Questions to Ministers.

– in the House of Commons at on 18 February 1929.

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Photo of Mr George Garro-Jones Mr George Garro-Jones , Hackney South

On a point of Order. I should like to draw your attention, Sir, to a rejection made at the Table of a question which I sought to put to the Prime Minister, the question being: "To ask the Prime Minister—"

Photo of Lieut-General Edward Fitzroy Lieut-General Edward Fitzroy , Daventry

The hon. and gallant Member must not take the opportunity of raising a point of order to read a question which has been refused.

Photo of Mr George Garro-Jones Mr George Garro-Jones , Hackney South

I have looked up the precedent in the authoritative book of Parliamentary Procedure by Erskine May, and I find that, on each occasion when a protest has been made, the Member has been allowed to read out his question. I can quote three or four precedents where that has been done.

Photo of Lieut-General Edward Fitzroy Lieut-General Edward Fitzroy , Daventry

I have not looked up the precedents, but I cannot allow the hon. and gallant Member to read his question on this occasion.

Photo of Mr George Garro-Jones Mr George Garro-Jones , Hackney South

With great respect, I will endeavour to put my point without reading the question which I sought to put to the Prime Minister. It was rejected on the ground that it contained a statement of fact. I submit that every day statements of fact, usually beginning with the expression "In view of" or "Seeing that," are allowed to be put by the Table. On this occasion, the statement of fact which I sought to put was short; it was not argumentative or disputable in any way, and was within the cognisance of the Government. This fact was that a certain flying company proposes to make an issue of capital to the public. That point has been acknowledged by the Secretary of State for Air in a White Paper, and, without that point, my question had no intelligibility. My question asked the Prime Minister for facilities for Parliamentary discussion on the Government's action in granting a subsidy. I submit that the question is perfectly in order, and I intend to renew it to-day and to ask your permission to put it in two days' time.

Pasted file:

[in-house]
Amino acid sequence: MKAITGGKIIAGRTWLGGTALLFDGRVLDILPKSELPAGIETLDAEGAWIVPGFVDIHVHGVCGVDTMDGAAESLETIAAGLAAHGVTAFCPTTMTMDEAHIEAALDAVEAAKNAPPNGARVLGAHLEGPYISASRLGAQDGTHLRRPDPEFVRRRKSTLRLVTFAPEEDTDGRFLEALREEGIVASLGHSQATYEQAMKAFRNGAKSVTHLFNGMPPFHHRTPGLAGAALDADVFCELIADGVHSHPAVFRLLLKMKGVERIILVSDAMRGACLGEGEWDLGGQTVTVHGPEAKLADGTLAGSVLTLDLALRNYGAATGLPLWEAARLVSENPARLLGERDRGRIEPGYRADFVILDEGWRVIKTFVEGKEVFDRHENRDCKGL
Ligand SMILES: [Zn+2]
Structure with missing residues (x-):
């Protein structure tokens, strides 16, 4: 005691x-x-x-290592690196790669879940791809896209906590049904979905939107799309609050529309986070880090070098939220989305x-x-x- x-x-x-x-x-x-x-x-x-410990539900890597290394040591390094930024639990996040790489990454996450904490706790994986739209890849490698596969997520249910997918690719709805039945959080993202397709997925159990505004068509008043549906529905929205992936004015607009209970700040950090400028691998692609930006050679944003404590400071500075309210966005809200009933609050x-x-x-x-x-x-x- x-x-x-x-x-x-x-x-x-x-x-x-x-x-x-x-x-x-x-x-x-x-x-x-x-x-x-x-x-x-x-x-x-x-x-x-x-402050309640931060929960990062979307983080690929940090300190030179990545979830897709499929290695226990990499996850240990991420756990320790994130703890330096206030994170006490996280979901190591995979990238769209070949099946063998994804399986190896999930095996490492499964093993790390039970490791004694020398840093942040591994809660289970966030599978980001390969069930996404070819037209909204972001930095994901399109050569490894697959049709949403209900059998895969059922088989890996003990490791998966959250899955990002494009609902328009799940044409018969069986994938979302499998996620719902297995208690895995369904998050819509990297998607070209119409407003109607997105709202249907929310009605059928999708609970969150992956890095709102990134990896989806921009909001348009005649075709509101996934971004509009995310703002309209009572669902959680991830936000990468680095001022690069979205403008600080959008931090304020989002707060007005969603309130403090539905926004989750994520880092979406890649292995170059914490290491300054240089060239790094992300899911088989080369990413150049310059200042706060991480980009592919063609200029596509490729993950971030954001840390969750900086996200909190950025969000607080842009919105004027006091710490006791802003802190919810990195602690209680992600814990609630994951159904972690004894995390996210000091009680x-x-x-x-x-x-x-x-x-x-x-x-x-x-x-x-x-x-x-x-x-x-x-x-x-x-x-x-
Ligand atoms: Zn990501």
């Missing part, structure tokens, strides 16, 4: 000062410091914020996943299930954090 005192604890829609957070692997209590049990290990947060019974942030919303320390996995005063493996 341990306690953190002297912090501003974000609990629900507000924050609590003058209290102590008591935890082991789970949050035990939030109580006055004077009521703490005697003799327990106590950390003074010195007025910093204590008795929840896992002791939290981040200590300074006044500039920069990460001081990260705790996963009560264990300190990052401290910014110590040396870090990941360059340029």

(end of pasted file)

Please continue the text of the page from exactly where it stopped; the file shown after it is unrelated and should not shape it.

Photo of Lieut-General Edward Fitzroy Lieut-General Edward Fitzroy , Daventry

The particular question to which the hon. Member refers was submitted to me, and the fault with it is the fault that lies in a great many questions, namely, that in the middle of the question it asks a question of a Minister on a subject for which he has no responsibility. That is a flaw in a question which can never be allowed. If questions were allowed to be put to Ministers on subjects and matters upon which they have no responsibility, the House will readily see into what difficulties we should be led.